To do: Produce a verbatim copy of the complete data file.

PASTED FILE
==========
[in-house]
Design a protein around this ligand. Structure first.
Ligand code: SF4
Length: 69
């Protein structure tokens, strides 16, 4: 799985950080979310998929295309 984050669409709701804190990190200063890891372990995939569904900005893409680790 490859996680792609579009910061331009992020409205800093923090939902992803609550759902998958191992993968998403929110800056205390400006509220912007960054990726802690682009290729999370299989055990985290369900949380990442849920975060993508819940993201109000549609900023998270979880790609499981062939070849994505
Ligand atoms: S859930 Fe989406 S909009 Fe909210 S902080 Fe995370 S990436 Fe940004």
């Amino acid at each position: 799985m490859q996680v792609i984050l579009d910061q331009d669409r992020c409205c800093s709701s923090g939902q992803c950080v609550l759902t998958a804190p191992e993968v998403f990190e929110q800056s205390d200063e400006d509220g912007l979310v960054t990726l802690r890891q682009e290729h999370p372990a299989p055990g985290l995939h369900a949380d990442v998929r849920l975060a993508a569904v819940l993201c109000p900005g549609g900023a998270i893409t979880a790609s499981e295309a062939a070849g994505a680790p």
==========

[in-house]
Design a protein around this ligand. Structure first.
Ligand code: SF4
Length: 69
């Protein structure tokens, strides 16, 4: 799985950080979310998929295309 984050669409709701804190990190200063890891372990995939569904900005893409680790 490859996680792609579009910061331009992020409205800093923090939902992803609550759902998958191992993968998403929110800056205390400006509220912007960054990726802690682009290729999370299989055990985290369900949380990442849920975060993508819940993201109000549609900023998270979880790609499981062939070849994505
Ligand atoms: S859930 Fe989406 S909009 Fe909210 S902080 Fe995370 S990436 Fe940004």
């Amino acid at each position: 799985m490859q996680v792609i984050l579009d910061q331009d669409r992020c409205c800093s709701s923090g939902q992803c950080v609550l759902t998958a804190p191992e993968v998403f990190e929110q800056s205390d200063e400006d509220g912007l979310v960054t990726l802690r890891q682009e290729h999370p372990a299989p055990g985290l995939h369900a949380d990442v998929r849920l975060a993508a569904v819940l993201c109000p900005g549609g900023a998270i893409t979880a790609s499981e295309a062939a070849g994505a680790p």